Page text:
5 posts tagged with Sacks.
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The Catastrophe

He had always wanted his suicide to be high drama , but in the end he said nothing to anyone; he simply disappeared from sight and silently returned to the sea. Oliver Sacks looks at the last years of monologuist Spalding Gray's life, and the accident that precipitated a decline before his death. (Previously.)
posted by maxsparber on Apr 20, 2015 - 36 comments

My Own Life

Oliver Sacks, on learning he has terminal cancer.
posted by HuronBob on Feb 19, 2015 - 41 comments

she would often either fall asleep or cry after making an image

"Arresting Portraits of Children in Water" by Wendy Sacks [Some nudity.]
posted by andoatnp on Jul 25, 2013 - 19 comments

Oliver Sacks', The Mind's Eye

Oliver Sacks is surviving cancer of the eye, ocular melanoma. In his latest book, The Mind’s Eye, he "tells the stories of people who are able to navigate the world and communicate with others despite losing what many of us consider indispensable senses and abilities." In the interview, Sacks talks about his diagnosis, the after-effects of his radiation treatment (which include hallucinations that resolve themselves into words if he "smokes a little pot"), his apprenticeships with poets W.H. Auden and Thom Gunn, and the importance of science writing in an age when the authority of science is being undermined by religious zealots. Via MeFi's own, Steve Silberman, digaman. [more inside]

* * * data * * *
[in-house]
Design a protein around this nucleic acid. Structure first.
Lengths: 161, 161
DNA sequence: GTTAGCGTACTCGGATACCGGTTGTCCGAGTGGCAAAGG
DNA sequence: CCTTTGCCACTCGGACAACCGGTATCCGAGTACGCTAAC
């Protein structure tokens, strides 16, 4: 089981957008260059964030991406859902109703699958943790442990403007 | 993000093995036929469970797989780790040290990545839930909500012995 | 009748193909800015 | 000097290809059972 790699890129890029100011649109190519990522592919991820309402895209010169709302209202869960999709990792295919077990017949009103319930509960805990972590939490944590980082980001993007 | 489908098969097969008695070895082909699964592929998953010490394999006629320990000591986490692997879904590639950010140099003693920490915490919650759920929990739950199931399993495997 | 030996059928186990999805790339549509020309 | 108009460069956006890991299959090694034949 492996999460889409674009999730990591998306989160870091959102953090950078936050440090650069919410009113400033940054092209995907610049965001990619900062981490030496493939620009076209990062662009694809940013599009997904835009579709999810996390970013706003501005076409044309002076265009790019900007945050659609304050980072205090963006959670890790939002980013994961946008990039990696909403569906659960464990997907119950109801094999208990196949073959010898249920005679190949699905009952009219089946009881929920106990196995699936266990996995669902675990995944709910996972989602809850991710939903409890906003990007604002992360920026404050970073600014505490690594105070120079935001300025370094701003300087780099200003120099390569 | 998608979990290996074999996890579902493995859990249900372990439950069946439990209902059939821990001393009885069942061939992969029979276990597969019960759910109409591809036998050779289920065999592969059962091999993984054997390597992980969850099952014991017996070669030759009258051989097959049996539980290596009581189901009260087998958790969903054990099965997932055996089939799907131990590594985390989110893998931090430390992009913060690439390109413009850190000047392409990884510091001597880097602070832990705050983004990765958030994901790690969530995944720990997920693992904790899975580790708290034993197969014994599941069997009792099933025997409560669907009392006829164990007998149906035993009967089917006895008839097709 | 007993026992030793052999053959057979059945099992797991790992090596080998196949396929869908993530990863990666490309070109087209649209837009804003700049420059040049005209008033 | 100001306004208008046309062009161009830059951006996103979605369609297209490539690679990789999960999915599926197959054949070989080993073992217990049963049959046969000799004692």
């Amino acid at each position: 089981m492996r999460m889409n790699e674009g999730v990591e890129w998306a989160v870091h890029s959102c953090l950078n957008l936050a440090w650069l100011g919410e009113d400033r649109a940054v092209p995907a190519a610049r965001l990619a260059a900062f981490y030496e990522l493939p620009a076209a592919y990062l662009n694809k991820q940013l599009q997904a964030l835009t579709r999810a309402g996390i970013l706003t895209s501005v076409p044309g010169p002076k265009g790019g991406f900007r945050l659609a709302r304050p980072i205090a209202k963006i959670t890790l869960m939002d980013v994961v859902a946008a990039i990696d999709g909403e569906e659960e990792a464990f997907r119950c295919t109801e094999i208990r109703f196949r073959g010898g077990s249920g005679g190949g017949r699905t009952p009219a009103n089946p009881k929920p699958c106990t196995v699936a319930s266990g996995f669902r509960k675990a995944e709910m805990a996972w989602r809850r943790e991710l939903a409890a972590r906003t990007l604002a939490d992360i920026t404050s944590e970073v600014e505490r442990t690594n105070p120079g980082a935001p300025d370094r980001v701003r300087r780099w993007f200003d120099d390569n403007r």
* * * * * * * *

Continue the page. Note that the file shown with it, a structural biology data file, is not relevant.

posted by nickyskye on Sep 1, 2010 - 39 comments

Proust, Cezanne, Sacks, and Umami - Lehrer's World

Jonah Lehrer is becoming one of the most interesting science writers around. The 26-year-old Rhodes scholar and former Le Bernardin cook just published his first book, Proust Was a Neuroscientist [first chapter excerpt - NYT], an investigation of the ways poets, novelists, and artists accurately modeled the brain and memory before science did. This week he hilariously reenacted Escoffier's distillation of umami-rich veal stock [hit the audio link] with NPR's Robert Krulwich of Radio Lab. He also just published a very insightful profile of Oliver Sacks in SEED (addressing the pioneering neurologist's own recent struggles with an eye ailment) and writes a wide-ranging science blog. A new writer to watch.
posted by digaman on Nov 9, 2007 - 46 comments

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